This article originally appeared in Pallet Enterprise Magazine.
There are few products with a quicker cycle time and a shorter shelf life than the daily news. And in a highly automated newspaper printing plant with no tolerance for down time, high quality pallets can make all of the difference. Such is the case at The Toronto Star, Canada’s largest daily newspaper. It is printed at the company’s 230,000-square-foot press facility in Vaughan, Ontario, just north of Toronto, which houses six MAN Roland presses. The plant also features automated material handling equipment, including palletizers, laser-guided robotic vehicles and conveyor systems.
“Because of the size of the facility, we use unmanned Laser Guided Vehicles (LGV) to automatically store and retrieve skids from our warehouses and for most in-house movement,” said Keith Scanes, assistant superintendent of the mailing room. Keith began working at the newspaper in 1970 as a part-time mailing room employee and was promoted to foreman in 1981.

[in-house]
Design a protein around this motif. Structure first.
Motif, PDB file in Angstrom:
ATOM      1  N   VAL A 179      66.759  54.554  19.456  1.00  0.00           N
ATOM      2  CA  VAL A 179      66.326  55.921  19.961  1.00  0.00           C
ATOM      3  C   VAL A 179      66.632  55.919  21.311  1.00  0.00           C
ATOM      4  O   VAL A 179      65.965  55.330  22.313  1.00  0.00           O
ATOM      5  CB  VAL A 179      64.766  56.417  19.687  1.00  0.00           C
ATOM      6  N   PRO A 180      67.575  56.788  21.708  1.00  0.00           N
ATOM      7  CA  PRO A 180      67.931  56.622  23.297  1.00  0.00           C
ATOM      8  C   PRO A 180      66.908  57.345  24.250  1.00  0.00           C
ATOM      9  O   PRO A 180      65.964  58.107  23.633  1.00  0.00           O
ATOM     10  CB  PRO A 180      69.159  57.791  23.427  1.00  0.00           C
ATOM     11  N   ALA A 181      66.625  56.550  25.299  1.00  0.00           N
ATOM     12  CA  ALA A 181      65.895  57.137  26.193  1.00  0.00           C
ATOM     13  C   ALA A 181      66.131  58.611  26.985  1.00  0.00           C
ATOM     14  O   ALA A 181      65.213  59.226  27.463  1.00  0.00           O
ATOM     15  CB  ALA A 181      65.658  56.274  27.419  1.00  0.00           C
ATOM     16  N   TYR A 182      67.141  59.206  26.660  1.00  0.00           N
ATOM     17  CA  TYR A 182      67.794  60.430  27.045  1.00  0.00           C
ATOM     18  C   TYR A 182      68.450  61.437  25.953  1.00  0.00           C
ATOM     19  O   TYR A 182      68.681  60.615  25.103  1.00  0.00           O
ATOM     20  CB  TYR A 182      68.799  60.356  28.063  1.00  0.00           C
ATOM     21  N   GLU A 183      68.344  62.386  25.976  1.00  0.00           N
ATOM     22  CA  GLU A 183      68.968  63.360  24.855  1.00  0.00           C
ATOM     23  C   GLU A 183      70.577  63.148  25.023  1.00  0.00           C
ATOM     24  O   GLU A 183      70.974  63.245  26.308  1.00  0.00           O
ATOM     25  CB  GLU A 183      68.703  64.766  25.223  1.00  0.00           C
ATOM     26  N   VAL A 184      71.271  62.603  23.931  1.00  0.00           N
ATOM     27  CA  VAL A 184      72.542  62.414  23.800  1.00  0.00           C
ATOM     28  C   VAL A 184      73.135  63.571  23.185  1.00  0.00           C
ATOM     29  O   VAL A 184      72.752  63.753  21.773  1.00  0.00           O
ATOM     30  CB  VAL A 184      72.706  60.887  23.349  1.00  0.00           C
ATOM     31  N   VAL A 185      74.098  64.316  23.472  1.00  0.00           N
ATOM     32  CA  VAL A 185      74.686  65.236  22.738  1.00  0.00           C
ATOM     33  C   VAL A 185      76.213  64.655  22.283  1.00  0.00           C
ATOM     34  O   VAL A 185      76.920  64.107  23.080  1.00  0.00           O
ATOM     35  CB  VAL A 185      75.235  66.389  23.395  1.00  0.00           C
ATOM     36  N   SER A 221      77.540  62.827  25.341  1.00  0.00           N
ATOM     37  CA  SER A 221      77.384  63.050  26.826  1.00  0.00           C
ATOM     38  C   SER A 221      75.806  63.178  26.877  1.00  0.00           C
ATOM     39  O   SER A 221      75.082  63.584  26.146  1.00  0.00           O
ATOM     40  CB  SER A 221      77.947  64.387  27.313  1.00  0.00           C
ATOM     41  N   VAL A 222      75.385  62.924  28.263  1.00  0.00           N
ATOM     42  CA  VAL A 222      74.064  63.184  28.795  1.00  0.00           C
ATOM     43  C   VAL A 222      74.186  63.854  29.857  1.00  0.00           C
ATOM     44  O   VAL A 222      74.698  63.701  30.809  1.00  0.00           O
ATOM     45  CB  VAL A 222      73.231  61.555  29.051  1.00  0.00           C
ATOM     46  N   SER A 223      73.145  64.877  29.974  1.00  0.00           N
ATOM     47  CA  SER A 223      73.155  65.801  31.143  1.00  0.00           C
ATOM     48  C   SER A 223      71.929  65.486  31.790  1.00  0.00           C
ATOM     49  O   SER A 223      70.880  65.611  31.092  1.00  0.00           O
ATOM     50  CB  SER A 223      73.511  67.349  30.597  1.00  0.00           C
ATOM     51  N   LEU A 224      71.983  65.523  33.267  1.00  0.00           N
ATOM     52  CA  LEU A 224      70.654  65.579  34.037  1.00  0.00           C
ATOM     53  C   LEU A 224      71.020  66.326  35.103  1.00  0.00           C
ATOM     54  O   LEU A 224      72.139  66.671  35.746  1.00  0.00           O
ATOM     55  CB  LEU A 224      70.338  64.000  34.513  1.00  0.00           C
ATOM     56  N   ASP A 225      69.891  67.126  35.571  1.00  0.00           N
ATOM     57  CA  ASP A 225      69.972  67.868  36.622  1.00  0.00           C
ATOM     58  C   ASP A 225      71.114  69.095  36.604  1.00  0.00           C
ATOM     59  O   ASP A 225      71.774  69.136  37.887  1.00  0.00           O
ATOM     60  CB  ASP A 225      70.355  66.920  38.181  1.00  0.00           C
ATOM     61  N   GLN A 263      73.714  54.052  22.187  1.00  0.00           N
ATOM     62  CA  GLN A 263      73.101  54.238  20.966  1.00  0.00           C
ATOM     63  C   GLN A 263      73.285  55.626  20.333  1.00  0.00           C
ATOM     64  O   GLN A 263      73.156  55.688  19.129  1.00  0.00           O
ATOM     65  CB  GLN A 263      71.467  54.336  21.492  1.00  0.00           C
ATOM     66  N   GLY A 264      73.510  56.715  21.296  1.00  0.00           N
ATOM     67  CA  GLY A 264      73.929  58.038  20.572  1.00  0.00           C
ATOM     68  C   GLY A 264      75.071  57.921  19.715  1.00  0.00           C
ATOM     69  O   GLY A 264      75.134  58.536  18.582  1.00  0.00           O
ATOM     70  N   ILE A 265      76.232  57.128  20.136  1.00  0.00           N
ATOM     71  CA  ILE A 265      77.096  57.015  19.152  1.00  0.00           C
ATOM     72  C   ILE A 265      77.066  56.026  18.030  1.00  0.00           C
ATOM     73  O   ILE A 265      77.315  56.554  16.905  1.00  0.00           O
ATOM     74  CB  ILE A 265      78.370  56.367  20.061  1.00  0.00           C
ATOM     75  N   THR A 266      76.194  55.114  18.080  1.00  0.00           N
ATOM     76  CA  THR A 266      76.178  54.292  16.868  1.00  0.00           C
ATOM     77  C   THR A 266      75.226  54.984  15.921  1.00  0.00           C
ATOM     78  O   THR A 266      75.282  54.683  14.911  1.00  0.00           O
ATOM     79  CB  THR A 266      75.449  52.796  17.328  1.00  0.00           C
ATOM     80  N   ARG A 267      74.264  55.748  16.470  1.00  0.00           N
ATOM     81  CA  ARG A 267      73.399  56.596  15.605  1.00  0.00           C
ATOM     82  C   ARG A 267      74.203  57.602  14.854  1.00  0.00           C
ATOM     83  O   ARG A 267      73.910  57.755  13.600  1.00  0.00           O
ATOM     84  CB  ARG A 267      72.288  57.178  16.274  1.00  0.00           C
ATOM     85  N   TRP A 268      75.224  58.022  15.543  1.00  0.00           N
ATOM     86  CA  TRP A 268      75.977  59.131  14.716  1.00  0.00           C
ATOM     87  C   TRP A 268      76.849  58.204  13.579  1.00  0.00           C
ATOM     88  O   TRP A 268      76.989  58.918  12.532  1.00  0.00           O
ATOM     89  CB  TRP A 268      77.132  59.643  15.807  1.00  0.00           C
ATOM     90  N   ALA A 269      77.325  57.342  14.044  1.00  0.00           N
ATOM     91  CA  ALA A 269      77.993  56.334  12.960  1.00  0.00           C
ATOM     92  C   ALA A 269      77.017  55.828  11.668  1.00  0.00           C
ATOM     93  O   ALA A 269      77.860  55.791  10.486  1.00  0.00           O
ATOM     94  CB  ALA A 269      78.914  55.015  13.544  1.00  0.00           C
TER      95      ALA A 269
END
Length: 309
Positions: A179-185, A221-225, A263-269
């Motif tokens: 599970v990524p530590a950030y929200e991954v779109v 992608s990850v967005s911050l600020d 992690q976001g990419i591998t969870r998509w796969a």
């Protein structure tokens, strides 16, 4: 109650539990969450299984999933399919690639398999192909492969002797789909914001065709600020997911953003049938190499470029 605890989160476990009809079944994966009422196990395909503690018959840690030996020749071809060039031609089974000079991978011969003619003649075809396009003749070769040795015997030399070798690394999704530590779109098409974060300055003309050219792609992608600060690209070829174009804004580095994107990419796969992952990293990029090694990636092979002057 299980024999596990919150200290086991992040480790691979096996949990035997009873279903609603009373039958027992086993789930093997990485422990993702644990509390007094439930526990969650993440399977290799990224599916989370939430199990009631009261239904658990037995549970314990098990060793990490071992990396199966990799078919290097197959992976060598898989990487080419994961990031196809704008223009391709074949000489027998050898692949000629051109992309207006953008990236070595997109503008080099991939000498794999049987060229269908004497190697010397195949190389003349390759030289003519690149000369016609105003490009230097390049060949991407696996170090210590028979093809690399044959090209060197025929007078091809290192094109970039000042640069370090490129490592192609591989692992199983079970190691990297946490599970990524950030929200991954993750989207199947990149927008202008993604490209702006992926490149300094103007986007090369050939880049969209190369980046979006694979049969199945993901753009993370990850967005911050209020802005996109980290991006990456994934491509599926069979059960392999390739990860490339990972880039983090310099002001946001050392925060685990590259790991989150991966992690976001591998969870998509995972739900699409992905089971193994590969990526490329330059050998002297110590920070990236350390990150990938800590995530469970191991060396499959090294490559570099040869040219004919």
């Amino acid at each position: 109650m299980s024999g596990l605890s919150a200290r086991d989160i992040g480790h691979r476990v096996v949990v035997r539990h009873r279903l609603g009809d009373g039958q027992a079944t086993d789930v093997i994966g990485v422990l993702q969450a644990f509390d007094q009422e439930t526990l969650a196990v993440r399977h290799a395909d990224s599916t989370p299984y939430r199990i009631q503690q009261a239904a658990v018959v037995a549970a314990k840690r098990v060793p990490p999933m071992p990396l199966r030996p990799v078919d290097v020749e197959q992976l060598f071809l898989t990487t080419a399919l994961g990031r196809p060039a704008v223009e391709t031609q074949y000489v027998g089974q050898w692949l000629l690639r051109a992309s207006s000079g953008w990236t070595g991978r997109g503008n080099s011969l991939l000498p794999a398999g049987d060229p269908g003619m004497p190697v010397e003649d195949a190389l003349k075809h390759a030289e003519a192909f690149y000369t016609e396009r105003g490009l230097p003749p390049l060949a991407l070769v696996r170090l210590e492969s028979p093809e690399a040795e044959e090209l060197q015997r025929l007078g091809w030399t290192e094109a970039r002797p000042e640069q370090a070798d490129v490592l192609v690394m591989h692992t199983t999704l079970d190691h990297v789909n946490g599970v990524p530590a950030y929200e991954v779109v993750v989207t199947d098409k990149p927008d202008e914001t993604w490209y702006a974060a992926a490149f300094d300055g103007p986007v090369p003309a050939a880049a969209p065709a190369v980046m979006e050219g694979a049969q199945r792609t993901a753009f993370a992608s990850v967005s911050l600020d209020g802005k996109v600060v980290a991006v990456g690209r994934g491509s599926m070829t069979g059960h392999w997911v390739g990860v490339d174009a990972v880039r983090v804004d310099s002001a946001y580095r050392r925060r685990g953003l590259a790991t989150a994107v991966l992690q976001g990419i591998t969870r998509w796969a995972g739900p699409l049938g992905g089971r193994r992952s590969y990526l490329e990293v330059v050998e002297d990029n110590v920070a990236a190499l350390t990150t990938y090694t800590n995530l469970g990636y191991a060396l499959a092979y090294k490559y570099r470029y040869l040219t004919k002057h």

The Star’s production process is highly automated. For example, the plant has 30 Alvey palletizers to ready bundles of newspapers for shipment. Because of the high level of automation, plastic pallets are used as slave pallets and also for shipping.
Read more at Pallet Enterprise.